Indeed, one is struggling to accept the possession stats, such was United's domination. Sir Alex will probably have been raging again at the end because apart from once again allowing a last-minute goal (Wednesday's turned round the result), United were profligate in every sense today.
They squandered wide-open chances (including yet another penalty, their fourth miss of this young season) and could easily have been home and hosed at halftime, such was their utter dominance.
They had the look of a team with goals in them from all over the field. Apart from Van Persie and Evra, who scored, and Rooney, who missed, Valencia, Young, Carrick and Anderson might all have scored.
When they attacked, United did so as a team, with the fluency of passing and close interchange that we have been accustomed to seeing from Arsenal in their pomp.
While Rooney looked a little out of sorts, especially after his head dropped because of the penalty miss, everybody else looked in a rich vein of form.
Behind the starting players are Welbeck, Chicharito, Nani, Jones, Smalling, Vidic, Scholes and Giggs waiting for their own chances to shine. After Giggs' astonishing showing on Wednesday and the burgeoning promise of players like Wootton, Keane and Powell as well, Sir Alex now has the sort of selection problem he must love.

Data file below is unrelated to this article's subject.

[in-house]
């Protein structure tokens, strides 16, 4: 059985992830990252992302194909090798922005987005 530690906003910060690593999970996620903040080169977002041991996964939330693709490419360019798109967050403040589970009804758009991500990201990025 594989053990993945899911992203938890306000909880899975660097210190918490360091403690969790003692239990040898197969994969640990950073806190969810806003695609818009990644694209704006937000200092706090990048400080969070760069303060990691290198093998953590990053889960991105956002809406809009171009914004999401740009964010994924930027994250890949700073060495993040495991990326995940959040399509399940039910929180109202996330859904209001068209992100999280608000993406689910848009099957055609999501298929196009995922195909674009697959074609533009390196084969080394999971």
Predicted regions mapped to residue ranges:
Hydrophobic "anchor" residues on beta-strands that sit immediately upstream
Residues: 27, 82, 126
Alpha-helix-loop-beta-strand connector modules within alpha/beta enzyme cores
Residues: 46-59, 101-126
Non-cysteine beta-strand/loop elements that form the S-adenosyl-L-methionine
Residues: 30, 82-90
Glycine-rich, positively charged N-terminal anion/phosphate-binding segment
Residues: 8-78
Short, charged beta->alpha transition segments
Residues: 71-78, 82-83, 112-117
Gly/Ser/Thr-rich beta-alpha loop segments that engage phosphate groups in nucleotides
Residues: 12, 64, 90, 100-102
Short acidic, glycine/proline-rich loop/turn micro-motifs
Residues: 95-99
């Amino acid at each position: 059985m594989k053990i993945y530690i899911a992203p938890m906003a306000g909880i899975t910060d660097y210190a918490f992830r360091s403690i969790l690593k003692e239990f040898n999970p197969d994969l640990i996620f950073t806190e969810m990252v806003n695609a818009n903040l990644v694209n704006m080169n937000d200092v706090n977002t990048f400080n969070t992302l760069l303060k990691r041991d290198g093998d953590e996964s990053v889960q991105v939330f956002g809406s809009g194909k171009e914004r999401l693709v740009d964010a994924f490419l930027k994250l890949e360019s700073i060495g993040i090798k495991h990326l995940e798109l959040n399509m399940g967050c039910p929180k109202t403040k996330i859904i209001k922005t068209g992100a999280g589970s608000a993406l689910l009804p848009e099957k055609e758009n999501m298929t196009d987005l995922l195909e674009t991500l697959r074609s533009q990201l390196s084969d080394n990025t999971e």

He also has the ability to vary the personnel, change the formation and bring on yet another dangerous pair of legs at will.
It is said that Van Persie is still developing his understanding, especially with Rooney and the other attacking players around him.
So far, he has scored 10 goals in 11 starts. Rooney has two from eight. If he alone starts scoring at a similar rate to his strike partner, United are going to get another "cricket score," and with Villa, Norwich, QPR, West Ham and Reading next on the Premier League menu, who would bet against it?
Yes. Rooney has "previous."
This was his extravagant missed penalty at home against Arsenal in 2010, just under two years ago. Today's was in a similar vein.
One would have to imagine he is suffering something of a confidence gap. If you were to watch him on "Wayne Rooney's Street Striker" showing off his consummate skills in putting the ball on a sixpence or knocking down cans of paint from 20 yards, you'd have to wonder how he ever misses the goal.
In fact, it comes to mind that he wasn't exactly bulging the net in the warm-up either.
He could be said to have been unlucky today with at least one full-blooded shot that Mannone saved well. But the penalty miss was frankly embarrassing.